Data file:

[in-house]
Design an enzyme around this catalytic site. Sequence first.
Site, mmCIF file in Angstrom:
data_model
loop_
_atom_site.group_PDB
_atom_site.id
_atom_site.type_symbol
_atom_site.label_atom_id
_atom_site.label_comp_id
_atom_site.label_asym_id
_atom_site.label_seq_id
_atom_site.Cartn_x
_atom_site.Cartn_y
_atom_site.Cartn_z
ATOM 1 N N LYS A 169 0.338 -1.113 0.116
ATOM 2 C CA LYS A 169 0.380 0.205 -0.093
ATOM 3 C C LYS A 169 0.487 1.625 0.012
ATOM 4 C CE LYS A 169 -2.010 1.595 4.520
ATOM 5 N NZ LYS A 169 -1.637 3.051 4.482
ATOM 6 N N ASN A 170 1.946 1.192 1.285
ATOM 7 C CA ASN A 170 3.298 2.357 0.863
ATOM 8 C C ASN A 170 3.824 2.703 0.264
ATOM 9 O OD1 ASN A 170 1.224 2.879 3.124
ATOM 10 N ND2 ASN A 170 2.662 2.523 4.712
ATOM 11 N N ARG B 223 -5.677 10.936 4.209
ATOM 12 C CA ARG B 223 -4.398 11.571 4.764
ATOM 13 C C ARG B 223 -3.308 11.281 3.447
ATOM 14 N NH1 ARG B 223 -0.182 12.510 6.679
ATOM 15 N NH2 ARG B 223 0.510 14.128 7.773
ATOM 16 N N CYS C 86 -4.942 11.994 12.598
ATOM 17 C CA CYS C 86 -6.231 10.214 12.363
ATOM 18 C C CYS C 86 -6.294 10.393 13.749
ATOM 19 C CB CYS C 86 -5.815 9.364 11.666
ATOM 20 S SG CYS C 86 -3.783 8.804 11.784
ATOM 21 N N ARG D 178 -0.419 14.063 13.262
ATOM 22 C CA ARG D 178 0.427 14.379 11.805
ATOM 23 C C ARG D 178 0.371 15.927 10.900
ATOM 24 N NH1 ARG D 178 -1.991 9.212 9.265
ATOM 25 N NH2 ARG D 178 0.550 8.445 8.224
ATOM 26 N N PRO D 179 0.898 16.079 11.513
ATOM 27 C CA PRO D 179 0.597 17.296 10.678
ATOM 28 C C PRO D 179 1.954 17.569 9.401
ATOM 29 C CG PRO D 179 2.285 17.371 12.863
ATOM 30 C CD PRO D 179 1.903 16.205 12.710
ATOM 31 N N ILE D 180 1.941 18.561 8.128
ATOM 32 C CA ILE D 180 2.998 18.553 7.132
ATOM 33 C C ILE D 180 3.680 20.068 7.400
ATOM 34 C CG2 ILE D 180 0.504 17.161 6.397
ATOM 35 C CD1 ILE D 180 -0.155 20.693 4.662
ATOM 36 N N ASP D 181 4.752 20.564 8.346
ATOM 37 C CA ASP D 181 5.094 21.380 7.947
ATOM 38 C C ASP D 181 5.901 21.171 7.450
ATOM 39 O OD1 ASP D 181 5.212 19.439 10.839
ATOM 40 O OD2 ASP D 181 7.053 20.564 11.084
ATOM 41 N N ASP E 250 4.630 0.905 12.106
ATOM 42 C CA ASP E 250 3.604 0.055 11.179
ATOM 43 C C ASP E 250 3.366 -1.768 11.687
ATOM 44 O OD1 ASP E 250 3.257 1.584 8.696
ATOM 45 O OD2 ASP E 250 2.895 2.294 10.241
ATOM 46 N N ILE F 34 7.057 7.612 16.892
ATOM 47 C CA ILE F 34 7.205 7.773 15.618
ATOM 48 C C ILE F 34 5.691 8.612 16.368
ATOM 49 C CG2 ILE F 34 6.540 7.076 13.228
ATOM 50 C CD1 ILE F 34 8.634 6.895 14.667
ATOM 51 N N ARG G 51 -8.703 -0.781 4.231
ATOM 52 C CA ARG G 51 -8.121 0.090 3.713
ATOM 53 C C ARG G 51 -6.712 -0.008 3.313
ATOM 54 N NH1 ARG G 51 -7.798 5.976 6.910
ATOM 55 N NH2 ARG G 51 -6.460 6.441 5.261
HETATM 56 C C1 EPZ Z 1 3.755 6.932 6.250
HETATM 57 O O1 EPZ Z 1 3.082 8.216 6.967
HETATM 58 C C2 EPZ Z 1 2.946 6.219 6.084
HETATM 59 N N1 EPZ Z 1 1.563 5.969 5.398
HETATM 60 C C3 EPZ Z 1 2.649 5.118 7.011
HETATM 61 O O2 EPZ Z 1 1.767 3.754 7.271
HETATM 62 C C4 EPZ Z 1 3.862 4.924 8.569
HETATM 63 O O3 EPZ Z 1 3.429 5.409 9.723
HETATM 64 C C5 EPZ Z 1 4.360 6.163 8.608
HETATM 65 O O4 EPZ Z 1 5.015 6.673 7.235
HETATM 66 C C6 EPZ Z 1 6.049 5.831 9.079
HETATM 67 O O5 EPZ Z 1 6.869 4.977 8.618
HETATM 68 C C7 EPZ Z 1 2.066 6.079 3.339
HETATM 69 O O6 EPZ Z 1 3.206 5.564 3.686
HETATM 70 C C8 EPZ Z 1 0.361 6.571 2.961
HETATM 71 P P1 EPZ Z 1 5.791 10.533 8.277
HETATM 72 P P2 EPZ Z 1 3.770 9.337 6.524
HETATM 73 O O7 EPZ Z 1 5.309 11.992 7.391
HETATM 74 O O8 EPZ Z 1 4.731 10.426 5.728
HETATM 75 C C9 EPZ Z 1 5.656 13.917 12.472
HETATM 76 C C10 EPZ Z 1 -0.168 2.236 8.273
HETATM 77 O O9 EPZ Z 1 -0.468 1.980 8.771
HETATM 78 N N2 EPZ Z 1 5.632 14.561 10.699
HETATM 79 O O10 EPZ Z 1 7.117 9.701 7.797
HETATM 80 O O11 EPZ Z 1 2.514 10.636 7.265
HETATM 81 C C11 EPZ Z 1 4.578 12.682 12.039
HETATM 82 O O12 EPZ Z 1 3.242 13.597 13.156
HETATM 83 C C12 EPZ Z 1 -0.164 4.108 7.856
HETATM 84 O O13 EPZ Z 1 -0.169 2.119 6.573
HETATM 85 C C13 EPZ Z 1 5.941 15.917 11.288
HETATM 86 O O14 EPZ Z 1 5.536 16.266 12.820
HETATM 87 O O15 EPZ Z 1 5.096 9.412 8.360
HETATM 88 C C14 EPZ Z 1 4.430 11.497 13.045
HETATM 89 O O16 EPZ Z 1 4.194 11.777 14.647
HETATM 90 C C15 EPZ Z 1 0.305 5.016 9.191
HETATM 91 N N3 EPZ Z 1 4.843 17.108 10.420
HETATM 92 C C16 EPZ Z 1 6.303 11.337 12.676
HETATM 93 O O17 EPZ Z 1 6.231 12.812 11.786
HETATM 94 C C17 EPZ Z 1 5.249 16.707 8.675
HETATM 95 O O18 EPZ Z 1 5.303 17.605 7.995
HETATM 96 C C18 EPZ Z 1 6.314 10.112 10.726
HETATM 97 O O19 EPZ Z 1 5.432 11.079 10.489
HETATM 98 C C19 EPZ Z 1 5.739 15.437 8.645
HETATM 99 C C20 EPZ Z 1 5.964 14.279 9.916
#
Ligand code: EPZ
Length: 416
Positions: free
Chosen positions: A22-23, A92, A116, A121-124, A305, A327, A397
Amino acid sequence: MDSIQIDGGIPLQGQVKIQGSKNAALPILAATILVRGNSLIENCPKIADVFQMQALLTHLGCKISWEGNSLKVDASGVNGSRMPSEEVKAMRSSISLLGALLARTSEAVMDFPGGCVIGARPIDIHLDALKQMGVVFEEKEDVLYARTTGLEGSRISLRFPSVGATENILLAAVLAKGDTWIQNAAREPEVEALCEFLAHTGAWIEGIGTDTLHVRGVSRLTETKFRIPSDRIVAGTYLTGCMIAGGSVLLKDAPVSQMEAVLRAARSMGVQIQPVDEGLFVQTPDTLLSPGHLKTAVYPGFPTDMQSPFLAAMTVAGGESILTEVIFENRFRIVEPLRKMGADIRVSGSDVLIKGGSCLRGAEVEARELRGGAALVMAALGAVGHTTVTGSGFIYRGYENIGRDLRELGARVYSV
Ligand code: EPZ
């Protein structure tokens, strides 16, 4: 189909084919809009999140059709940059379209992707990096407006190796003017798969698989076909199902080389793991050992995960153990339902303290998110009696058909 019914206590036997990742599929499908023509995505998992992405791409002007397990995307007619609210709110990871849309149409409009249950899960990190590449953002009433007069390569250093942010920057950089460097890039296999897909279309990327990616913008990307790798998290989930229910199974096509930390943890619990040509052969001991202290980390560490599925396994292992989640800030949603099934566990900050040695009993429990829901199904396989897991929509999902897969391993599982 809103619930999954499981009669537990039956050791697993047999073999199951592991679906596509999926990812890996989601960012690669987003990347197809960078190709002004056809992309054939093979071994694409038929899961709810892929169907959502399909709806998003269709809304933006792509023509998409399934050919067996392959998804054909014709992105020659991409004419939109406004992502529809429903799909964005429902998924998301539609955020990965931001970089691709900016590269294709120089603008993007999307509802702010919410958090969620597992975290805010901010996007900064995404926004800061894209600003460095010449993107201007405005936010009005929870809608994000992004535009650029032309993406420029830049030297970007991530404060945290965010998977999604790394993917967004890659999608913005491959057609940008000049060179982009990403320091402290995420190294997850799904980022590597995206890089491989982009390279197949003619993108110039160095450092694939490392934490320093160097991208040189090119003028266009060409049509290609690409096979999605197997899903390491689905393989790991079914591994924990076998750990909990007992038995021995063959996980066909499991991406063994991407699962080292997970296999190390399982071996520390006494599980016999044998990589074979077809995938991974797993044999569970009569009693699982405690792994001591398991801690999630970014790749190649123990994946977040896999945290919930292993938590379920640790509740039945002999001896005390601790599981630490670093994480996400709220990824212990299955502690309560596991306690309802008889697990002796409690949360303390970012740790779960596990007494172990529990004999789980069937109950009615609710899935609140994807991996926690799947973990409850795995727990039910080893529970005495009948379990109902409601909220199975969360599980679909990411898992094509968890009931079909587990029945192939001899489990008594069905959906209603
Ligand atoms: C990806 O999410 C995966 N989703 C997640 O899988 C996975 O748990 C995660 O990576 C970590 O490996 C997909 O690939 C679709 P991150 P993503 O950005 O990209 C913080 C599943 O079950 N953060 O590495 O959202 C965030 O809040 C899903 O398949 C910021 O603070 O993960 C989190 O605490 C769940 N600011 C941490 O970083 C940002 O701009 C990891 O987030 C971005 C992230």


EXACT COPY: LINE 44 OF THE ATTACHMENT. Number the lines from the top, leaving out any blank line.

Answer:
ATOM 29 C CG PRO D 179 2.285 17.371 12.863